What are nonsurgical treatments for rotator cuff tears?
Jan 28, 2021
What are the symptoms of a rotator cuff tear?
Usually, mild rotator cuff tears or sprains will heal within four weeks. In other severe cases, the recovery might take 4 to 6 months or even longer based on several factors such as the severity of the tear, age, and other health complications.
All four of these sources of injury are explained below. A rotator cuff can be injured in a single trauma, such as trying to break a fall with an arm outstretched, lifting a heavy weight, or activities that place a tremendous amount of force or strain on the shoulder, such as holding a waterskiing tether.
Rotator cuff tendon tears often cause pain at night. The pain may even wake you. During the day, the pain is more tolerable, and usually only hurts with certain movements, such as overhead or reaching toward the back. Over time, the symptoms become much worse, and are not relieved by medicines, rest, or exercise.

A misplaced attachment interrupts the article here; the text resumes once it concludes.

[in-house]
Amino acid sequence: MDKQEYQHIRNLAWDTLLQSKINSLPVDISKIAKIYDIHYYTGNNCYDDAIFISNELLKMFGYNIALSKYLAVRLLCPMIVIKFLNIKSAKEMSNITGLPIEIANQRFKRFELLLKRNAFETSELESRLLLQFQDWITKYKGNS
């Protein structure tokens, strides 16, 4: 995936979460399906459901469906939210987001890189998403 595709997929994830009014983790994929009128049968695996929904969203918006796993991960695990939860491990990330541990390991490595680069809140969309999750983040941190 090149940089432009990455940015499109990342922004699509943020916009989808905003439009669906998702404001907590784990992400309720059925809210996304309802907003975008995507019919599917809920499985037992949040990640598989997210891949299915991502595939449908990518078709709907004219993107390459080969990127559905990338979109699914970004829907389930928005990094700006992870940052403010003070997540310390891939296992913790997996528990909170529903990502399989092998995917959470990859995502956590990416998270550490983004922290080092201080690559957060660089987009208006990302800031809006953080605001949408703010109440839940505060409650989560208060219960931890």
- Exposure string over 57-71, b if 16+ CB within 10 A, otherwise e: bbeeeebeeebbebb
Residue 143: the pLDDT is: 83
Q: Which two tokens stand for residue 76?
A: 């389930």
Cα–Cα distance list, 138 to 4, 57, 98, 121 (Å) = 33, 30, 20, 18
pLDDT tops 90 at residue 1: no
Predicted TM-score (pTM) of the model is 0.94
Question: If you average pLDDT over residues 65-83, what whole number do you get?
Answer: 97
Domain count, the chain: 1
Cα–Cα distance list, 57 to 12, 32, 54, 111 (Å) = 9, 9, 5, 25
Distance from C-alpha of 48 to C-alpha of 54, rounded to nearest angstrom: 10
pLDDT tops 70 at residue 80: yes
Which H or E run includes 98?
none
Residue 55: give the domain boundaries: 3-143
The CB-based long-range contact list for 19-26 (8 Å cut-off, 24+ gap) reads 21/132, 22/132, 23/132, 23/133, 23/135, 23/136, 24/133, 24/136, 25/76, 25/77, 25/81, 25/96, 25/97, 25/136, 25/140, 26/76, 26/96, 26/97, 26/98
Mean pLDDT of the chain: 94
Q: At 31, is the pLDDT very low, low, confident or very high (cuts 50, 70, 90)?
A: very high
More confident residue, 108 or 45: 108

The rotator cuff is a group of muscles and tendons that surround the shoulder joint, keeping the head of your upper arm bone firmly within the shallow socket of the shoulder. A rotator cuff injury can cause a dull ache in the shoulder, which often worsens with use of the arm away from the body.
Stop doing what caused the pain and try to avoid painful movements. Limit heavy lifting or overhead activity until your shoulder pain subsides. Icing your shoulder may help it feel better. Over-the-counter pain relievers such as ibuprofen (Advil, Motrin IB) or acetaminophen (Tylenol, others) also may be helpful.
Without any treatment—either rest and rehabilitation or surgery—rotator cuff disorders may get worse. Over time, you may have more pain. You may lose range of motion and strength in your shoulder, making it harder to do your daily activities.
Rotator cuff disease: Pain can begin to radiate from your shoulder into the side of your upper arm. Torn rotator cuff: Shoulder pain may radiate down your arm to the area of the elbow.